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Impacting the Legislative Process

~by FastFred

The toolbox of a grassroots activist includes many useful tools such as acts of civil-disobedience, personal visits, letters, phone calls, emails, pre-written postcards or form letters, and petitions. Each has a different purpose and level of effectiveness. These items are listed in their approximate order of importance and impact.

Acts of civil-disobedience can and have been very effective in impacting the legislative process. ABATE of South Carolina and the MRA both used this tactic to change South Carolina's helmet law. Helmet protest runs and rallies were held and members were arrested and jailed for not wearing helmets while riding their motorcycles. Boycotts can be useful forms of civil-disobedience to impact organizationa and even local governments. The key is know when to resort to civil-disobedience.

Personal visits continue to be important in our continuing effort to preserve individual liberties such as our current helmet law. An organized lobby day is an example of personal visits; members of ABATE visit the General Assembly while in session dressed as bikers. Come as you are it makes a much better impact; even the legislators you don't visit will know you are there about biker issues. Remember long haired tattooed bikers got the South Carolina helemt law changed in 1980; let's stick with what works.

Letters when handwritten are best however politicians now realize many home know have computers with word processors so typed and signed letter are OK. Always state your complete name, voter registration number, and mailing address to make the greatest impact. Former Senator Hollings and others have simply ignored and thrown away letters when this information is not provided.

Phone calls are very effective when time is of the essence. Great tactic when a bill is due for a immediate vote. Remember to ask the staff member for his or her complete name; expressing thanks can help too. Legislators often do not have time to read bills and rely upon their staff for input. When making follow up calls or future calls ask for the staff member by name. Staff members are important points of contact.

Emails are also effective when time is of the essence. Much like a written letter it should include your complete name, voter registration number, and mailing address or it will likely be ignored and deleted. Representative Henry Brown responds to emails. Many politicians have changed their views towards emails following the anthrax scare.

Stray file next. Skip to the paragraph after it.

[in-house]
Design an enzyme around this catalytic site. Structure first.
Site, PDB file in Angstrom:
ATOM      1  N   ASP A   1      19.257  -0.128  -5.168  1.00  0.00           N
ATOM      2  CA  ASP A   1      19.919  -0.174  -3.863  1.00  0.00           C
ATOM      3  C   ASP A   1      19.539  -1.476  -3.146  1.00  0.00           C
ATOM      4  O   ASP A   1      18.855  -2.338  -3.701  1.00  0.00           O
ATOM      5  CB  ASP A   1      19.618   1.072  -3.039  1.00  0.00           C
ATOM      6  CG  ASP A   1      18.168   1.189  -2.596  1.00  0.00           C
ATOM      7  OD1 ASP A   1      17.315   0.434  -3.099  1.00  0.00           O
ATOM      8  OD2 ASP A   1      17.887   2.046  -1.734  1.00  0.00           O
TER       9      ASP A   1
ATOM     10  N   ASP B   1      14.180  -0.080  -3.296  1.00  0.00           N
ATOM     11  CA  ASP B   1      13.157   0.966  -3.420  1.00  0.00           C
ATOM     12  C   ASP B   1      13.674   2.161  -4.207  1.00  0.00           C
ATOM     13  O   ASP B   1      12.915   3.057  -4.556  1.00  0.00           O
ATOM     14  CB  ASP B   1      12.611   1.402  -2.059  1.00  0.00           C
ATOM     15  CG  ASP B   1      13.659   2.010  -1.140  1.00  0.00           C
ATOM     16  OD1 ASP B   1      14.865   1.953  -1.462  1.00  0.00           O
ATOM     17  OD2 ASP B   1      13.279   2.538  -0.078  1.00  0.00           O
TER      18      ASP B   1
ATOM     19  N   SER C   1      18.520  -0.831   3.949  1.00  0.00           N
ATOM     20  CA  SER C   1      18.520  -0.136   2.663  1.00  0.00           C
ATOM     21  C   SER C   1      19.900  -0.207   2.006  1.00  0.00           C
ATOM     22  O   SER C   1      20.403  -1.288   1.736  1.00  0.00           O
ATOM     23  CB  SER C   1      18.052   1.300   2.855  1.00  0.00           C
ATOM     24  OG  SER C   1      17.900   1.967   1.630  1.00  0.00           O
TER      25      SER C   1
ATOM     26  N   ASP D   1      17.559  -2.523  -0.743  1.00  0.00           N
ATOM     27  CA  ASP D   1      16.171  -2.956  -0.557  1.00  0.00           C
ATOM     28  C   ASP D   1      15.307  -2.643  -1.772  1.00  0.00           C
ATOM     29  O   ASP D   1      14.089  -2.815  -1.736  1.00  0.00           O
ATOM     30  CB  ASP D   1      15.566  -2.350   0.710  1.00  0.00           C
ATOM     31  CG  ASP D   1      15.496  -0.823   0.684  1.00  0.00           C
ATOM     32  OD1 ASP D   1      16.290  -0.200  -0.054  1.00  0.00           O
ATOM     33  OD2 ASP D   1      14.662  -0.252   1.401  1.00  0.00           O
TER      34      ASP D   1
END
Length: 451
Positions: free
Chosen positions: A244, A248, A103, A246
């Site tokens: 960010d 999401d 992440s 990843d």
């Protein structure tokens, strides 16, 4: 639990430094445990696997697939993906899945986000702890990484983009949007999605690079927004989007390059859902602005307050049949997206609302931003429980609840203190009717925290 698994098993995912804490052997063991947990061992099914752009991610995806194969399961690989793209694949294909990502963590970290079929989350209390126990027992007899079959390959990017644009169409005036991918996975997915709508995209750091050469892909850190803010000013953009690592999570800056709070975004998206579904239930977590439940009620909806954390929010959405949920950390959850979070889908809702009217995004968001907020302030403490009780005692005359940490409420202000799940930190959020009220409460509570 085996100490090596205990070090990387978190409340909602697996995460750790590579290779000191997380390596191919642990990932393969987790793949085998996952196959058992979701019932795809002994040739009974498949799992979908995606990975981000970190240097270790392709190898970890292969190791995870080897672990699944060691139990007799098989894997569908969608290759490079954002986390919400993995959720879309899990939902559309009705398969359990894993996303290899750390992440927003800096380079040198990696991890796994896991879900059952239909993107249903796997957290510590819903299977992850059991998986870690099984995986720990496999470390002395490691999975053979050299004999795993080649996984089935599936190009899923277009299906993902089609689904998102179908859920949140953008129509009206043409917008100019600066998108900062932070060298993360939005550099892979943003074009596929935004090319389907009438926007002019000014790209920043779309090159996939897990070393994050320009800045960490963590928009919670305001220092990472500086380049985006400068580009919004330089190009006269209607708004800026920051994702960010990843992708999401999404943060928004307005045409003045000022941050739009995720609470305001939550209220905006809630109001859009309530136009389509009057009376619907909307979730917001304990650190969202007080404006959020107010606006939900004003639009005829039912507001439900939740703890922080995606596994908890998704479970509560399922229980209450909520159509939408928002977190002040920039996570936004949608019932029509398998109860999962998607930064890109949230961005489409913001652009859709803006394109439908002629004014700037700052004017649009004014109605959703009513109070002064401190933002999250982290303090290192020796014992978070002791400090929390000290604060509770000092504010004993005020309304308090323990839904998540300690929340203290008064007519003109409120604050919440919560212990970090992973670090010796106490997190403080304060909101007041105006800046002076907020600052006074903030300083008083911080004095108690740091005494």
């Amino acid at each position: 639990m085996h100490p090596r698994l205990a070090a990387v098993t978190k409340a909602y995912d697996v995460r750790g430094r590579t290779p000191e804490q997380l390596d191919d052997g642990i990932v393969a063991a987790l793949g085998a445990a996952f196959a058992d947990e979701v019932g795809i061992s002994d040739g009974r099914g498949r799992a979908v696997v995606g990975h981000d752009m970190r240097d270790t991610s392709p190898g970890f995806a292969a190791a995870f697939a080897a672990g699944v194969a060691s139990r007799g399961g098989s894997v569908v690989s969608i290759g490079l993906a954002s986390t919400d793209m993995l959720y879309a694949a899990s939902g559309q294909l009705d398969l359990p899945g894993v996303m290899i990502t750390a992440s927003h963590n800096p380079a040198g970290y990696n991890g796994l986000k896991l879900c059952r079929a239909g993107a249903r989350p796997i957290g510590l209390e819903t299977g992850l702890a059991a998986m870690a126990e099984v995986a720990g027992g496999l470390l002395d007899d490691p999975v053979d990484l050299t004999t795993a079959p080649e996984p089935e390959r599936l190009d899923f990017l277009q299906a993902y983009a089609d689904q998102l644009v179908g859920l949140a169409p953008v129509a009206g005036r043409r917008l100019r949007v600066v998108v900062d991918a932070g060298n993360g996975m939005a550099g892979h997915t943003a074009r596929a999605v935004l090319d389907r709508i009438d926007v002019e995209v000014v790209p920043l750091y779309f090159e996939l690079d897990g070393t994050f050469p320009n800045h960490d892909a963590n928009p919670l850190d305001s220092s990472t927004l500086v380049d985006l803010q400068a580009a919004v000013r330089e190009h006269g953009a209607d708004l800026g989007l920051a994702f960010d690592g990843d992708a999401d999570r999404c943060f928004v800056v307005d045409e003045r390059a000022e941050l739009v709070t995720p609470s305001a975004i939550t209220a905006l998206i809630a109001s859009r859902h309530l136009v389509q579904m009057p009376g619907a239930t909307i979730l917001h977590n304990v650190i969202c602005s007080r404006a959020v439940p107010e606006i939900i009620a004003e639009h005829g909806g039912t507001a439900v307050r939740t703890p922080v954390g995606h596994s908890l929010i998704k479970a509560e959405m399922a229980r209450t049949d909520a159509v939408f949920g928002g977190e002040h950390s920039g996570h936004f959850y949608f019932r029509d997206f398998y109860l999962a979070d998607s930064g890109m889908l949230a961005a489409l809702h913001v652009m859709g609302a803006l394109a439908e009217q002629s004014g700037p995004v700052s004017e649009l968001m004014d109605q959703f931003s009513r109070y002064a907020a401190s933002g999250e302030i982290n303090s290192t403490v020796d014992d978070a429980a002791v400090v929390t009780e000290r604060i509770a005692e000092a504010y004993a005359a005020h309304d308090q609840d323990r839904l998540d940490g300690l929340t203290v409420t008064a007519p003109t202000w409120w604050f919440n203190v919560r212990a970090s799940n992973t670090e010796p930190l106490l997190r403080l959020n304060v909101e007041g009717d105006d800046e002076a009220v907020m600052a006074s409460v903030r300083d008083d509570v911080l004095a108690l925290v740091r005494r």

Pre-written postcards or form letters are not very effective. Thousands of them will make an impact but hundreds of unique letters are better. ABATE could copy what has worked for SC Grassroots (concealed weapons rights group) by purchasing a list of motorcycle ownersin SC. Then ABATE could mail everyone on the list with an invitation to join ABATE and notice of important motorcycle issues.

Petitions are the least effective tool. Petitions should only be used to augment a greater effort.

Awareness of issues and legislative bills is very important. You cannot oppose a bill if you are unaware of its exisitence. Search for current bills before the General Assembly and join our email list to stay aware of threats to motorcyclists. Read the Bill of Rights, US Constitution and your state's constitution. I also strongly recommend reading Ayn Rand's book Atlas Shrugged! Join ABATE of South Carolina if you are not yet a member and attend your local chapter's meetings. Stay aware and know the position on motorcycle issues of those running for office.

Vote! Register to vote. Vote for those who support motorcycle rights and against those who do not support biker rights. If you cannot register to vote participate anyway. Legislators and others do not have time to check if you are a registered voter or not during personal visits like Lobby Days; your presence will make a difference. Likewise they will not have time to check when you call on the phone. Your views and opinions matter even if you have lost your right to vote. Felons regain the right to vote in South Carolina after completing their sentence, probation, and parole.

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